The last clause for moral obscurity in vigorous brevity is nearly Shakespearean.

 William Dean Howells, in his old age. (Wikimedia Commons)William Dean Howells, in his old age. (Wikimedia Commons)


Who was this man, who gave us the word Romesick, and had returned to Rome in his seventies after an absence of forty-four years? I do not think that I am presuming too much when I presume that my readers know almost nothing about William Dean Howells. One can learn a lot about American literature before learning that Howells was once — and not just for a few years, but for nearly two generations — considered its brightest light. In his fifty-one years of literary productivity, he acquired the kind of fame that pays well and terminates promptly at death. In 1860, at the age of twenty-three, Howells wrote a campaign biography of Lincoln, who paid him back by making him American consul at Venice. Howells seized the opportunity, becoming the first American to make his name by writing Italian travel books: Venetian Life (1866) and Italian Journeys were the first, followed by Tuscan Cities, and a book of literary criticism, Modern Italian Poets. He returned to the genre over his long career, adding (among others) A Little Swiss Sojourn, Hither and Thither in Germany, Familiar Spanish Travels, and Certain Delightful English Towns. In the meantime, he scored a series of successes by becoming the apostle and apologist of “the immense Zola,” penning twenty-six (or so; it’s been a long time since anyone has counted) novels, and defending the “realist” school against all incursions of romantic fancy. His friend Henry James — and they were almost all his friends, as Howells boasted that he had been personally acquainted with every American author of importance that had ever existed, except four who lived before his time (Irving, Poe, Cooper, and Prescott) — wrote:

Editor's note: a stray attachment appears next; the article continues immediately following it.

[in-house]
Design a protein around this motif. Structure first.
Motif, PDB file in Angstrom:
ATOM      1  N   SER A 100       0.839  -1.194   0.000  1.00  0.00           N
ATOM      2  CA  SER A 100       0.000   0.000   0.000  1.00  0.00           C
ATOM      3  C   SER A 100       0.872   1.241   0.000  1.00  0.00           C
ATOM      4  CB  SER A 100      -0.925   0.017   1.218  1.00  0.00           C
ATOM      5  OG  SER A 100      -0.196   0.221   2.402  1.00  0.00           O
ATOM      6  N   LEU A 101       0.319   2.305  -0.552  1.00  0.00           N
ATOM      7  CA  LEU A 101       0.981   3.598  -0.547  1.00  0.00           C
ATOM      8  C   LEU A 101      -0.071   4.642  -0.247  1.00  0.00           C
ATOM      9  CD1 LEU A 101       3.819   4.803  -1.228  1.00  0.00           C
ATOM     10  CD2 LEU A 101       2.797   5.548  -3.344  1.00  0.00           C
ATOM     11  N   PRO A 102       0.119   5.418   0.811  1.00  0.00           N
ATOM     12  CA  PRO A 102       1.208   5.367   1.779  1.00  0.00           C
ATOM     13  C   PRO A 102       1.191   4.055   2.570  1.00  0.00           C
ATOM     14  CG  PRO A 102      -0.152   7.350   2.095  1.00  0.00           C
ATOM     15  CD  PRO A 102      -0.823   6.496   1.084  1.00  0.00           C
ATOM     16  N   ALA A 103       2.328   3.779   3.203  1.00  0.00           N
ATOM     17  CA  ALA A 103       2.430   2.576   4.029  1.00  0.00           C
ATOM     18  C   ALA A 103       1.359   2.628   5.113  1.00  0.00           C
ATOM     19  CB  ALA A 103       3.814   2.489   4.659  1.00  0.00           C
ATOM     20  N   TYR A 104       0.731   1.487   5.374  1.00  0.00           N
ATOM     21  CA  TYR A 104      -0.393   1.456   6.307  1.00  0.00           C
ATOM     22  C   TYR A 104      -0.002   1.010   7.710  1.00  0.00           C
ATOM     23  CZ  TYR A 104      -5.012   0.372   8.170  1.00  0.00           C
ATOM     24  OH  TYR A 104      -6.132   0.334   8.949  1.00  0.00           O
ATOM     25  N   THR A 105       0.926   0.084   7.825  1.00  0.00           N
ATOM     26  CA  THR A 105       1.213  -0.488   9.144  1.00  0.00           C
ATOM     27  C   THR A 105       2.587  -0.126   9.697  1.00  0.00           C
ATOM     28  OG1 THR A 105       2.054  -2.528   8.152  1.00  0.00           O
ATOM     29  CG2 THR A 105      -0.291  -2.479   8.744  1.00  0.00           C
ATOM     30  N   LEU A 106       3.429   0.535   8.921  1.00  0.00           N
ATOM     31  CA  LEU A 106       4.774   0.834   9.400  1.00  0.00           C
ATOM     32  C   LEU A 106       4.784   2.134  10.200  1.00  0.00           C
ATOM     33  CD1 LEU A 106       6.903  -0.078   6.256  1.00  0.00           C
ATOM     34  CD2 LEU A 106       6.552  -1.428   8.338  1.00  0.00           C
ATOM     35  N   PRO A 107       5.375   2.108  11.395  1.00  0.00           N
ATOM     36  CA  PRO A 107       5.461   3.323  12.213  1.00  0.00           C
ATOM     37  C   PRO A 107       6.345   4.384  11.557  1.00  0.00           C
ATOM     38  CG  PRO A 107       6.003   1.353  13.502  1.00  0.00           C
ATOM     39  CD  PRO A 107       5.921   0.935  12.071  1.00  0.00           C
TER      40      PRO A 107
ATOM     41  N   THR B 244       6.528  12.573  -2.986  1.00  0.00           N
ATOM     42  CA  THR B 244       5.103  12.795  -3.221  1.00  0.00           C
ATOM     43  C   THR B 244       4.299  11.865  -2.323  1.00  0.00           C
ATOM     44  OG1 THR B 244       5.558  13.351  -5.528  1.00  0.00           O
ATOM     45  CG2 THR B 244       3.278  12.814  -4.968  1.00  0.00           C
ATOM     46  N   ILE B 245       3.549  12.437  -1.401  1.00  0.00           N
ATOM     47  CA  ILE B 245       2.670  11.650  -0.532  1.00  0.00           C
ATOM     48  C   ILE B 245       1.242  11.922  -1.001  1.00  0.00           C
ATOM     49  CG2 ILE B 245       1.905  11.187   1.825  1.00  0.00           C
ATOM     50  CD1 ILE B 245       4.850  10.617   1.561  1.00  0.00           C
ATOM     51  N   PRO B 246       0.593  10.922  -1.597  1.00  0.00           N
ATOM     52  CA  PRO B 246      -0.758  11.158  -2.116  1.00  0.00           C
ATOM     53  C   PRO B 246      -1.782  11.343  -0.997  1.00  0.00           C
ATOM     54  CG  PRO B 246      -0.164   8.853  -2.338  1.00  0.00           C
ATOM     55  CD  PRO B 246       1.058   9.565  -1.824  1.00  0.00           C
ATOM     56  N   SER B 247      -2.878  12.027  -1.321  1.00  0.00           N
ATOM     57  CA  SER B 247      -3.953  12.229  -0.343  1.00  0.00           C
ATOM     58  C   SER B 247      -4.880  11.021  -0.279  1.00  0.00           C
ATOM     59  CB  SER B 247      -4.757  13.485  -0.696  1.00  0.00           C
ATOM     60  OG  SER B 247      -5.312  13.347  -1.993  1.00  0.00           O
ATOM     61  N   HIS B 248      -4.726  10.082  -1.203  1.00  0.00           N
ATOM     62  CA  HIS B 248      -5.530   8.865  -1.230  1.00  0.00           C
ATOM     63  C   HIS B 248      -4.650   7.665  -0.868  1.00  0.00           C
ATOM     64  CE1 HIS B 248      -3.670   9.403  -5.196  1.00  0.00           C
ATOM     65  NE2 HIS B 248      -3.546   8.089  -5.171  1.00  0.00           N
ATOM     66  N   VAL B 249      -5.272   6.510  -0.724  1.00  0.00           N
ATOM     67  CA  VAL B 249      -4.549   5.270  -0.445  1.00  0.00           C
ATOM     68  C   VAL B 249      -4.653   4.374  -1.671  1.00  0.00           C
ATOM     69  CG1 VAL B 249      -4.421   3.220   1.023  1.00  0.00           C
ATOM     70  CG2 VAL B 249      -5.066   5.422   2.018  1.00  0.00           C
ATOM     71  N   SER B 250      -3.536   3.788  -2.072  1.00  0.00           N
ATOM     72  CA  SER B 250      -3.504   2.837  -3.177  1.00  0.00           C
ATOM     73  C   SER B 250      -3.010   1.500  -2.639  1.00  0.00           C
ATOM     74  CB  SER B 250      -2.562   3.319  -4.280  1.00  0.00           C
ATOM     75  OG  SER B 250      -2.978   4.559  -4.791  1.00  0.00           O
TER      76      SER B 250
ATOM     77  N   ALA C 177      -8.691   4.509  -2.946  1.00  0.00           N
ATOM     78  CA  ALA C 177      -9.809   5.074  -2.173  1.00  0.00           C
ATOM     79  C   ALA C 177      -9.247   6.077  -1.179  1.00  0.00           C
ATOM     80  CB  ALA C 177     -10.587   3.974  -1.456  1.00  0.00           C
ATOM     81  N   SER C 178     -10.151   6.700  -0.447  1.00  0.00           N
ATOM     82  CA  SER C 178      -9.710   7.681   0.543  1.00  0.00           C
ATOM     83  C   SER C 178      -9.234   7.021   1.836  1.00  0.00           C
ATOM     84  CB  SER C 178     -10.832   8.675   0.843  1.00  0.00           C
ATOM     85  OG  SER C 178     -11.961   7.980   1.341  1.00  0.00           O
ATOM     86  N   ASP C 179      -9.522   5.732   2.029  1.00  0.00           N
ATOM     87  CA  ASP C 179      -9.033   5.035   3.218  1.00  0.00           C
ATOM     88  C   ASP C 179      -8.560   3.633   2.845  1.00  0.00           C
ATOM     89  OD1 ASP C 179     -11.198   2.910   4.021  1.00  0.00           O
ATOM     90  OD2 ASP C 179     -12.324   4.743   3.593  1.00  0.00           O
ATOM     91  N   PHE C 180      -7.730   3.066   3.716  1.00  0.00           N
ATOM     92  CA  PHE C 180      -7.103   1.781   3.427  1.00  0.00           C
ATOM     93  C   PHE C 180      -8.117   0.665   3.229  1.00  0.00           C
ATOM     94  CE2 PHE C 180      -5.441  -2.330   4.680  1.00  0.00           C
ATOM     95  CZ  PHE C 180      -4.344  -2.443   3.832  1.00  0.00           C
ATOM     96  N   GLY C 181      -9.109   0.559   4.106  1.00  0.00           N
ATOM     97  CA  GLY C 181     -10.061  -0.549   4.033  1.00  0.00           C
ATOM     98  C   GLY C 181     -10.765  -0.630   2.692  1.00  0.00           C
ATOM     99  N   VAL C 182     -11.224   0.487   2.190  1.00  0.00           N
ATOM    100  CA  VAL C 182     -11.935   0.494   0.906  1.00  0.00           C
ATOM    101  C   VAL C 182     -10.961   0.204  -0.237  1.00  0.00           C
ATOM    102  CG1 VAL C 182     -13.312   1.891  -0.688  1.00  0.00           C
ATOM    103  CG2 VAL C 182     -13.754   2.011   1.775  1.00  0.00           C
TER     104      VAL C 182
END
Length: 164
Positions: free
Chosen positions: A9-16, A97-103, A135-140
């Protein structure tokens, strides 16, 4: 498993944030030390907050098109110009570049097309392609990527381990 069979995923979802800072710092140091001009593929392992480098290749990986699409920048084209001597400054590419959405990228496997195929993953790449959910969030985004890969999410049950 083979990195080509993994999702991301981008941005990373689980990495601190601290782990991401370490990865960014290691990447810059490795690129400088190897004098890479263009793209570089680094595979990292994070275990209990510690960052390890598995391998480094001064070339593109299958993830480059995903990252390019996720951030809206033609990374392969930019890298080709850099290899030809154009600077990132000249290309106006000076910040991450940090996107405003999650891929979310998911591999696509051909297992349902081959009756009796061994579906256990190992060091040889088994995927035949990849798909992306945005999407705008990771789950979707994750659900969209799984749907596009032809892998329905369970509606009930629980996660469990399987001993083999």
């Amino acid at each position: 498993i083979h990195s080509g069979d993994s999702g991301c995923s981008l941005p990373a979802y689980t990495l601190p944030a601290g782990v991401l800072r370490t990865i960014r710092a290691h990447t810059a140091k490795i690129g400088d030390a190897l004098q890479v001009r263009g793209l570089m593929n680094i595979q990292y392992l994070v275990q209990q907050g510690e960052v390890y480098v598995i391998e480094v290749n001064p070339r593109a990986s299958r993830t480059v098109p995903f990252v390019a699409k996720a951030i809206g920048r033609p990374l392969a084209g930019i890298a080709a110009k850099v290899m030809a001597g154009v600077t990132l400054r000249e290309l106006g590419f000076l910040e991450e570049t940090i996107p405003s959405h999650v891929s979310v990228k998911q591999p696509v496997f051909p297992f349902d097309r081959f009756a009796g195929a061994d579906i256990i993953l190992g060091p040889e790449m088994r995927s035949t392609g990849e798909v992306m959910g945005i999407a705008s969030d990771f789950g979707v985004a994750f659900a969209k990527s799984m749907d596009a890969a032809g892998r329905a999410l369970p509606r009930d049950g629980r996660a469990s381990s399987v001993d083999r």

He thinks scarcely anything too paltry to be interesting, that the small and the vulgar have been terribly neglected, and would rather see an exact account of a sentiment or a character he stumbles against every day than a brilliant evocation of a passion or a type he has never seen and does not even particularly believe in. He adores the real, the natural, the colloquial, the moderate, the optimistic, the domestic, and the democratic; looking askance at exceptions and perversities and superiorities, at surprising and incongruous phenomena in general.